Health service utilisation amongst urban Aboriginal and Torres Strait Islander children aged younger than 5 years registered with a primary health-care service in South-East Queensland

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Abstract

Aim

The majority of Australia's Aboriginal and/or Torres Strait Islander children live in urban areas; however, little is known about their health service use. We aimed to describe health service utilisation amongst a cohort of urban Aboriginal and/or Torres Strait Islander children aged <5 years.

Methods

We analysed health service utilisation data collected in an ongoing prospective cohort study of children aged <5 years registered with an Aboriginal-owned and operated primary health-care service. Enrolled children were followed monthly for 12 months, with data on health service utilisation collected at baseline and at each monthly follow-up. Health service utilisation rates, overall and by service provider and reason for presentation, were calculated and reported as incidence rates per 100 child-months with the corresponding 95% confidence intervals (CIs).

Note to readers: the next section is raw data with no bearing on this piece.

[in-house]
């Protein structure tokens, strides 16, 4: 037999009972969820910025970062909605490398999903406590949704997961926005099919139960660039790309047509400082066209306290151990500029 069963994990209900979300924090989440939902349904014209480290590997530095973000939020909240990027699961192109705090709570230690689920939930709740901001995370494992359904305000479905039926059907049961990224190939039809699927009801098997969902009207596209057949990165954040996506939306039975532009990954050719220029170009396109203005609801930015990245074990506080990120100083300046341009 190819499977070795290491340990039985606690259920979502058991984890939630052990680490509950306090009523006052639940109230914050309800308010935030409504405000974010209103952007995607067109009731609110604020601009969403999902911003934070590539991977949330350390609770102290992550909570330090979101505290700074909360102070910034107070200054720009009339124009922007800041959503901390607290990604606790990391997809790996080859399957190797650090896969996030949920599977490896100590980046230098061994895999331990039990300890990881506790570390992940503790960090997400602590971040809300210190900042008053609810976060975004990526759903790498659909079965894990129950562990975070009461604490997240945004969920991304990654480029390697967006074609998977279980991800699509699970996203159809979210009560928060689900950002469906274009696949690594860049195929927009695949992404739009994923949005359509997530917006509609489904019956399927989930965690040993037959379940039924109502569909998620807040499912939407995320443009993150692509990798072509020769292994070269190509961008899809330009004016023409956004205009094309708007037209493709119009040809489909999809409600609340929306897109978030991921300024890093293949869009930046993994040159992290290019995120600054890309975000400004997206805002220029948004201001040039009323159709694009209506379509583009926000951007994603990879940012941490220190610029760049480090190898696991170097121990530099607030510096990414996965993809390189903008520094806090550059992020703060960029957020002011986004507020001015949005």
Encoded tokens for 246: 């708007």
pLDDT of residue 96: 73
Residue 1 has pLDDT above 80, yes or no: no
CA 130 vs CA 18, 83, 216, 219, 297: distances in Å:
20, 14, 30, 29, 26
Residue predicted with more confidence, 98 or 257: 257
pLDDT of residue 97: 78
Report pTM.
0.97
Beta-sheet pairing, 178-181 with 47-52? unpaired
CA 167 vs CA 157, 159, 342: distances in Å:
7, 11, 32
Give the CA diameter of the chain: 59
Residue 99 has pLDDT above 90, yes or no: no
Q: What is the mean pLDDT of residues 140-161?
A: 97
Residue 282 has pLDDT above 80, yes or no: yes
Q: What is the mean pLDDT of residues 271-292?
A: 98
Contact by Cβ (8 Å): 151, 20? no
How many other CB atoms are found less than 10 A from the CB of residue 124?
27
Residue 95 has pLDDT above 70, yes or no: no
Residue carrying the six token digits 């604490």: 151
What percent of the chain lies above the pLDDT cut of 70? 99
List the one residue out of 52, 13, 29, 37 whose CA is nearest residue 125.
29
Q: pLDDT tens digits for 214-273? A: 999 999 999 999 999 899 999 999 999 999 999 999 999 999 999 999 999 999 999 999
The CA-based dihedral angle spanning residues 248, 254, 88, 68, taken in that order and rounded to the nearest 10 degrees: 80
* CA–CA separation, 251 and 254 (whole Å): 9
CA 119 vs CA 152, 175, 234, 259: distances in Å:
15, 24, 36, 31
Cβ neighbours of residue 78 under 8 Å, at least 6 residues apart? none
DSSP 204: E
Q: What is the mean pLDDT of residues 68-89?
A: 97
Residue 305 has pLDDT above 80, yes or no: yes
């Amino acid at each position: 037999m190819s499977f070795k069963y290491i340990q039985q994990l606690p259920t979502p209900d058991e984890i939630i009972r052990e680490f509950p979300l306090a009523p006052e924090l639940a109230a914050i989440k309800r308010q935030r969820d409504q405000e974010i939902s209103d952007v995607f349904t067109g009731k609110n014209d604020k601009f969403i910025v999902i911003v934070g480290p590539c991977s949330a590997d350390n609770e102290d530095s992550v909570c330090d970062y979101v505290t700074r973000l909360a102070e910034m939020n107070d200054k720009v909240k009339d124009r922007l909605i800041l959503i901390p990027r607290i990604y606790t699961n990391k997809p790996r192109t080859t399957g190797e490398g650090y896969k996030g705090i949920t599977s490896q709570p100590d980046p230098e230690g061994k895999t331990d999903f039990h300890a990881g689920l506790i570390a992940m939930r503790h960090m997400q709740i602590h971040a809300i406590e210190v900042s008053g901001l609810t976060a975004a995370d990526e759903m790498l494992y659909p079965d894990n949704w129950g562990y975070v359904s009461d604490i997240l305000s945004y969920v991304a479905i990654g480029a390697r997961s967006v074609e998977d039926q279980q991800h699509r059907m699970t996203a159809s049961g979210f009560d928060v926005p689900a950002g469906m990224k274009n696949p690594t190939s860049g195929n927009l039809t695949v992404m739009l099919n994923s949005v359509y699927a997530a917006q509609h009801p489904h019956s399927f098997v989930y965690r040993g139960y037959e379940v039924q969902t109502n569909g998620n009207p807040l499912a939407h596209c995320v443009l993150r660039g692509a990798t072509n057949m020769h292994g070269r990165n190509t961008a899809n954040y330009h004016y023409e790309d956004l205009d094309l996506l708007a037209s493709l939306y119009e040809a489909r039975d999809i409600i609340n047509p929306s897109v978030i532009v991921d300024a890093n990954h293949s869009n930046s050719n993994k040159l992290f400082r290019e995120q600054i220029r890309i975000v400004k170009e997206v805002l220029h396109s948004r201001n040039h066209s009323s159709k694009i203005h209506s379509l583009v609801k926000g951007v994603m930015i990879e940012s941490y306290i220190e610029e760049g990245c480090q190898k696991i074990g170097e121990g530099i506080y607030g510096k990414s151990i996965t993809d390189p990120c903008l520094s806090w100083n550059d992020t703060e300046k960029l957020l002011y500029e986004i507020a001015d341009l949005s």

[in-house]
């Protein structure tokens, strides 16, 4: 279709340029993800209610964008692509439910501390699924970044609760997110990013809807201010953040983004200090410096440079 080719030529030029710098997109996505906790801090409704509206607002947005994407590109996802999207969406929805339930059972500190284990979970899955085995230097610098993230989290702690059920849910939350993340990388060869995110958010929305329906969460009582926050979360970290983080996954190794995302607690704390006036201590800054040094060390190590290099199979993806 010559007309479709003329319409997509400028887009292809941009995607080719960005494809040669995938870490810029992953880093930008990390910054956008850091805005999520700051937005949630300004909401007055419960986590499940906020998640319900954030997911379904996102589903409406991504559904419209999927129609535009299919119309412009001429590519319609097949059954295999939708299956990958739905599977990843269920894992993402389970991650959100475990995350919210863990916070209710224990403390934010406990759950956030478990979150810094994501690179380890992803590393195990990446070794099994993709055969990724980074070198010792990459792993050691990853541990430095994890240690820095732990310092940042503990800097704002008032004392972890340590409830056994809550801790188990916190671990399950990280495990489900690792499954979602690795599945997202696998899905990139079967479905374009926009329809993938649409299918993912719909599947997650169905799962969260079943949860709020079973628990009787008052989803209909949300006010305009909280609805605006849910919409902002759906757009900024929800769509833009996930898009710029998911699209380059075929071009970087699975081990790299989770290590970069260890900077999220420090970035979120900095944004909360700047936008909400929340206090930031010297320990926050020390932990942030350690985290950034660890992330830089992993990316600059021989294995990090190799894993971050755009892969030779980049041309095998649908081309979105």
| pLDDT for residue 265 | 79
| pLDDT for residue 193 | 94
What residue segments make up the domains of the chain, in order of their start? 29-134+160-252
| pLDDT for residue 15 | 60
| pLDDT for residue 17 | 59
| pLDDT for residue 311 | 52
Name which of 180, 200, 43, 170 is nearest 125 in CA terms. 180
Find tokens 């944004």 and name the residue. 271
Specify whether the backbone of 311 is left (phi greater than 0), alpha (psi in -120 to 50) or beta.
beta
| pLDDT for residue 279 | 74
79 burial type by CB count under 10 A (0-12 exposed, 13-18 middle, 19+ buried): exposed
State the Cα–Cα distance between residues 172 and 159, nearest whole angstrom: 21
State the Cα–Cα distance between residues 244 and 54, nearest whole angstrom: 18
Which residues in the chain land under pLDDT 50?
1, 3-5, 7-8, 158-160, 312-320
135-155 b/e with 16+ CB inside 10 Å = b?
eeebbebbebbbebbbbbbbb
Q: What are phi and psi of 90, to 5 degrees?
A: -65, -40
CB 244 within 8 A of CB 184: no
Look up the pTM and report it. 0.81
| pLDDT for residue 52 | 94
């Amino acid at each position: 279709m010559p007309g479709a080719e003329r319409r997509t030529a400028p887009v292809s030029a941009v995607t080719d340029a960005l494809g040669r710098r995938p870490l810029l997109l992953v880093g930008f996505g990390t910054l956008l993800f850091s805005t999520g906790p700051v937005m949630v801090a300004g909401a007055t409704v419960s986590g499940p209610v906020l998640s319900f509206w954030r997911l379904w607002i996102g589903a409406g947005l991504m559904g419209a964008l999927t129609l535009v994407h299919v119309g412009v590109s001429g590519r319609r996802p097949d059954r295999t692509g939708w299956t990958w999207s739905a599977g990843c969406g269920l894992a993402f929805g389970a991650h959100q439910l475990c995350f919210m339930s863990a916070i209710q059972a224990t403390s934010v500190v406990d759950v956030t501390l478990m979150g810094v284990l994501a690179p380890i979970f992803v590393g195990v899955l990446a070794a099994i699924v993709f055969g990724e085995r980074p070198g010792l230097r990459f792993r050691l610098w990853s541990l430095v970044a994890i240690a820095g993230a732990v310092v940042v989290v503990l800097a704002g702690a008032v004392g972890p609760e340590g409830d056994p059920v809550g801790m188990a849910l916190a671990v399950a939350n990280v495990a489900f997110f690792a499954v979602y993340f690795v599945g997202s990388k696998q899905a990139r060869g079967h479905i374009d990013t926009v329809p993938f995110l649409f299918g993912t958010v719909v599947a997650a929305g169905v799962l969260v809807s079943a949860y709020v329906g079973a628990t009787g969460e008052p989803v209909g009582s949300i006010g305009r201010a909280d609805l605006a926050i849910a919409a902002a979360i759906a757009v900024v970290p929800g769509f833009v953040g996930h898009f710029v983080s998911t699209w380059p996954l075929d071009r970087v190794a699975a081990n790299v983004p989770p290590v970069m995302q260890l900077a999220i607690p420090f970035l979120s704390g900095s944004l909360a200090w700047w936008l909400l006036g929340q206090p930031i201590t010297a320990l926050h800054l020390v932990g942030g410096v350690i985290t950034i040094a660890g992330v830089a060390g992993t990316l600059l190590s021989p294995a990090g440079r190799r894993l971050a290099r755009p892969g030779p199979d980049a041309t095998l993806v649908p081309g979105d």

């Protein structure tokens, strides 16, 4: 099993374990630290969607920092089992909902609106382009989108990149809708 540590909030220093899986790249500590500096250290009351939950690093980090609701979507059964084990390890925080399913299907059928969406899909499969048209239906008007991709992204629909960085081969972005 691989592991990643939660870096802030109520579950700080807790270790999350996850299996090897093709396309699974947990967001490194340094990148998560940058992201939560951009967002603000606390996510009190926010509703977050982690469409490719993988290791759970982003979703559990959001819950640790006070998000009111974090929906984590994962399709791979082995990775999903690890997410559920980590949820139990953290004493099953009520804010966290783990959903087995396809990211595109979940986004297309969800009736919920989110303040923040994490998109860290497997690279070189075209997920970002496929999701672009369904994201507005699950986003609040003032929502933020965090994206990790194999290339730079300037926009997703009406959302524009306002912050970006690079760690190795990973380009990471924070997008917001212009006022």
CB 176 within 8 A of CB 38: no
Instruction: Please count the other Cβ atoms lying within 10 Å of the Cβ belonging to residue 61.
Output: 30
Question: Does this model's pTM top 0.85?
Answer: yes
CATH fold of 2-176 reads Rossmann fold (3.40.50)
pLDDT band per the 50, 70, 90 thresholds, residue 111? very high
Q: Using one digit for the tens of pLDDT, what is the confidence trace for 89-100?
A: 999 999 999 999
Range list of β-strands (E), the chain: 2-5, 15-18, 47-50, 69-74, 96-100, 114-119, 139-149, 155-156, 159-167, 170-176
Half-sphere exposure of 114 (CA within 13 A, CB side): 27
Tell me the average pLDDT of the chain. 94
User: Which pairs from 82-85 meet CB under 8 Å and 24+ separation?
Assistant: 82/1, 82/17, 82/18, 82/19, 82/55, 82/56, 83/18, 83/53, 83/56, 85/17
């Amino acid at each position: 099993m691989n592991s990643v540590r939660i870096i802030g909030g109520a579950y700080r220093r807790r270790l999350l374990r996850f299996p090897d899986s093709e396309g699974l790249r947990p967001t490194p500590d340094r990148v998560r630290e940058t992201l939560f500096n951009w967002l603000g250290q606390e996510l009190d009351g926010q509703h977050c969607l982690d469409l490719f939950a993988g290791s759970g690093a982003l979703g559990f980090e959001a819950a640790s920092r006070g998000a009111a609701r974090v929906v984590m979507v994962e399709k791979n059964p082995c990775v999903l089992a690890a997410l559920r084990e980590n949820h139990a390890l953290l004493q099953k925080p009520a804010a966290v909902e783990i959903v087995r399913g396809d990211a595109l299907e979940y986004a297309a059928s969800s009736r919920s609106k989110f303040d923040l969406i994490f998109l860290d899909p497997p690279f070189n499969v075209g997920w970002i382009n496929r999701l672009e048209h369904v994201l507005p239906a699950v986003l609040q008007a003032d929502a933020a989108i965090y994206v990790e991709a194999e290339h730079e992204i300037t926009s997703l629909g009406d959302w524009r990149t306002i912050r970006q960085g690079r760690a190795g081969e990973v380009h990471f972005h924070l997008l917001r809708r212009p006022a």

Results

Between February 2013 and November 2015, 180 children were enrolled, and 1541 child-months of observation were available for analysis. The overall incidence of health service utilisation was 52.5 per 100 child-months (95% CI 48.7–56.5); 81% of encounters were with general practitioners. Presentation rates were the highest for acute respiratory illnesses (30.7/100 child-months, 95% CI 27.8–33.9).

Conclusions

In this community, acute respiratory illnesses are predominant causes of health service utilisation in young children. The health-care utilisation profile of these children presents important opportunities for health promotion and intervention.

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